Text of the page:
Aisha Abdulla Miran was one of the first students at American University of Sharjah and now holds a top job in Dubai
'It helped me become who I am today': students past and present on life at American University of Sharjah
Aisha Abdulla Miran was one of the first batch of students to study at American University of Sharjah when it opened its doors in 1997.
Twenty years on, she recalls the decision to attend AUS over Al Ain University, UAE University and the Higher Colleges of Technology (HCT).
“Al Ain was a bit far for me. HTC wasn’t the one I wanted,” she said.
“Suddenly we hear about the AUS and I thought I had my shot. It had an American name. It was Sharjah, so we thought 'let’s try it.”
She remembers a small community, surrounded by desert. But slowly the dormitories started to become fuller and fuller as more students arrived from across the region. It is the diversity in particular that was important for her.
“You need diversity to learn. You learn tolerance – you learn from different cultures.”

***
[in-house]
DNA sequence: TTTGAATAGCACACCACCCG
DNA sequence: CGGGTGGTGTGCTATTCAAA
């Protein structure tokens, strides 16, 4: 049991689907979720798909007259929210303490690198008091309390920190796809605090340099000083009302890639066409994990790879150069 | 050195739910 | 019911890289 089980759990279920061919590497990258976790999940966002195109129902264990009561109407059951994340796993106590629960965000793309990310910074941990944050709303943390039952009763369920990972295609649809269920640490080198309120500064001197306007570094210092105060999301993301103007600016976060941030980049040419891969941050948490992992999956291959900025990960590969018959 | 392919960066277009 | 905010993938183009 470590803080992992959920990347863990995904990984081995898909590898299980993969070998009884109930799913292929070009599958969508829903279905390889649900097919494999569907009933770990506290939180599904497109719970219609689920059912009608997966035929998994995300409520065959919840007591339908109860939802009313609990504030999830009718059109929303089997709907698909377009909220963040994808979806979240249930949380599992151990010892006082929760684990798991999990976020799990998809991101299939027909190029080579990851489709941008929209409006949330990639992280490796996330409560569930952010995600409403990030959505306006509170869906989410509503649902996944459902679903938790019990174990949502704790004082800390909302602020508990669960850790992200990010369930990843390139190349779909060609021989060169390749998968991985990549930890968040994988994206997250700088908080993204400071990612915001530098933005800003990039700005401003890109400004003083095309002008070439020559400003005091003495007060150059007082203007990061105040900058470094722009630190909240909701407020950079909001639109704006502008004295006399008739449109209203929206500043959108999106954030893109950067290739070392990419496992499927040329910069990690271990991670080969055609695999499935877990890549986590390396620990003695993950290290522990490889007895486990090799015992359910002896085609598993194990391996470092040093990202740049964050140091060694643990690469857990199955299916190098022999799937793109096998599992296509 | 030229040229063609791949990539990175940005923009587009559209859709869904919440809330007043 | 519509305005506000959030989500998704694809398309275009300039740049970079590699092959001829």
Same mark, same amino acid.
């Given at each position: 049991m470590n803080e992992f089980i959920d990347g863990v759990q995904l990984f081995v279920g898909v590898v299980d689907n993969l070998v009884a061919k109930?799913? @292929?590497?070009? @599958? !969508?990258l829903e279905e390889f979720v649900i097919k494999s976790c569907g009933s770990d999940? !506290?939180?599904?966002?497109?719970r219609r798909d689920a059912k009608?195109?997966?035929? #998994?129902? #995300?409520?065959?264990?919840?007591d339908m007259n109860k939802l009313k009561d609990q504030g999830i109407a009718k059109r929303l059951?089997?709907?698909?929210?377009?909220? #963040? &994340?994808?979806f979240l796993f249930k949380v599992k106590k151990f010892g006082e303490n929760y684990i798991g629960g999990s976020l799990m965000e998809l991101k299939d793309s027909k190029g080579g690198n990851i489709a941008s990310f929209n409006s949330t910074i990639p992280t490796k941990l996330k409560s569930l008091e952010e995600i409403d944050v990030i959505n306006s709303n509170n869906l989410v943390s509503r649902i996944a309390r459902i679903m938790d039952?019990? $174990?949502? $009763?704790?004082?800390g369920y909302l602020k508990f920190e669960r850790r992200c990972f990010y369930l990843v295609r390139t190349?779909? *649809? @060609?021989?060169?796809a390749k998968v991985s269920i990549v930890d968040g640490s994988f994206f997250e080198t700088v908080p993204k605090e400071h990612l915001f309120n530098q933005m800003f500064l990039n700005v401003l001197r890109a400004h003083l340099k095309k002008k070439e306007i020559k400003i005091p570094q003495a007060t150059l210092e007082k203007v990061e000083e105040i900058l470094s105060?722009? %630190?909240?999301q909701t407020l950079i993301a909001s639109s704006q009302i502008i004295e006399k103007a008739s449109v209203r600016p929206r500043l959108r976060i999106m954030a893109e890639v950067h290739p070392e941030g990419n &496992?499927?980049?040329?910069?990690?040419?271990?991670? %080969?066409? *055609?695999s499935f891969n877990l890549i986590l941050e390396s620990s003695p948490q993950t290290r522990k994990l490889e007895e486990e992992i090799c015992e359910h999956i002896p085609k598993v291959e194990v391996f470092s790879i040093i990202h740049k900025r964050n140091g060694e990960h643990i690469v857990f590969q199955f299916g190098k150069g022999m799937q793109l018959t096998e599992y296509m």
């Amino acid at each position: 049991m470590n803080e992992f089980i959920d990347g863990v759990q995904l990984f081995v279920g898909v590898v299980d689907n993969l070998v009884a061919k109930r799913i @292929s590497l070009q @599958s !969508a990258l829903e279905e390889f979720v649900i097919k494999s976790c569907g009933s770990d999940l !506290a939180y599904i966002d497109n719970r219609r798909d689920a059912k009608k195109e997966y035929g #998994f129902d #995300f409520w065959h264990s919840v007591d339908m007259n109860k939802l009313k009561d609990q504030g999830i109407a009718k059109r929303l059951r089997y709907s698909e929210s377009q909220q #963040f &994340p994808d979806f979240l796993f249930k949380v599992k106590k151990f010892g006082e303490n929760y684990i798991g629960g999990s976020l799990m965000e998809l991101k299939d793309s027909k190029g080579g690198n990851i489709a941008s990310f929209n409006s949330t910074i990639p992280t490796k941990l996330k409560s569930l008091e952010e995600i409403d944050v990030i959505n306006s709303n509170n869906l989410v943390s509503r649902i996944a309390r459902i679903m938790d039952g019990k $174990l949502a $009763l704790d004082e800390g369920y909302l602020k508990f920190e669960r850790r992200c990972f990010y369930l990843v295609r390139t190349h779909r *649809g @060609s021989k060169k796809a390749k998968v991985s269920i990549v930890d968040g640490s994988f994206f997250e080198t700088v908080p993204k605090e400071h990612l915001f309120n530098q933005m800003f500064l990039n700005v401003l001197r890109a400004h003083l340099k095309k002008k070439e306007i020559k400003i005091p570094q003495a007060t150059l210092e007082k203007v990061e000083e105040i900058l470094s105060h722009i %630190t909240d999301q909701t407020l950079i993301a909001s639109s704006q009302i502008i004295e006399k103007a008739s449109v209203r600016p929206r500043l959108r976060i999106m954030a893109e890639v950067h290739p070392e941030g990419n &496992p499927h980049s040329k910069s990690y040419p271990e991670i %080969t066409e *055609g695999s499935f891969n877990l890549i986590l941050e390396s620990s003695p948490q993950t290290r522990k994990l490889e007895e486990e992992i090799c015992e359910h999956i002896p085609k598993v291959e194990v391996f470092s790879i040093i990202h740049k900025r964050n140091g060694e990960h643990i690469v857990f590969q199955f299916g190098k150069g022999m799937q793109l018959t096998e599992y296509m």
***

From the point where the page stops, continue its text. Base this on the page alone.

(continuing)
Ms Miran graduated from AUS in 2001 with a bachelors degree in management information systems. And she earned an executive MBA in 2012. She has risen to become an assistant secretary general at the Executive Council of the Government of Dubai and says that attending AUS helped her to the position she holds today.
Her high-powered role includes strategy development and management.
“Aside from the academic side, I developed my social life. It brings a lot of good memories – I was a wife, a mother and a student. So AUS helped me to become who I am today.”
Ms Miran says she is proud to be the product of a local system and that employers appreciate AUS graduates. “The youth that you see today are so complex and so advanced in their thinking. That makes you really proud.”
Two of these youth are Mehak Aggarwal, 21, and Adnan Shahpurwala, 22. Both seniors at AUS, they are studying chemical engineering and electrical engineering respectively. Both praise AUS as an excellent place to study.
“They are more stringent on the rules here,” said Mehak, an Indian national who was raised in the Emirates. “But I feel this allows students to have a sense of direction.”
Said Adnan of life at AUS added: “It mixes the best of the east and west in one place. It’s a very good place to work.”
Mehak is planning to work for a while before deciding on her long-term career, while Adnan is considering academia. Both praise the opportunities they are getting at the campus in everything from the clubs to the student life.
“I like to choose the best so that’s why I’m at AUS,” said Mehak.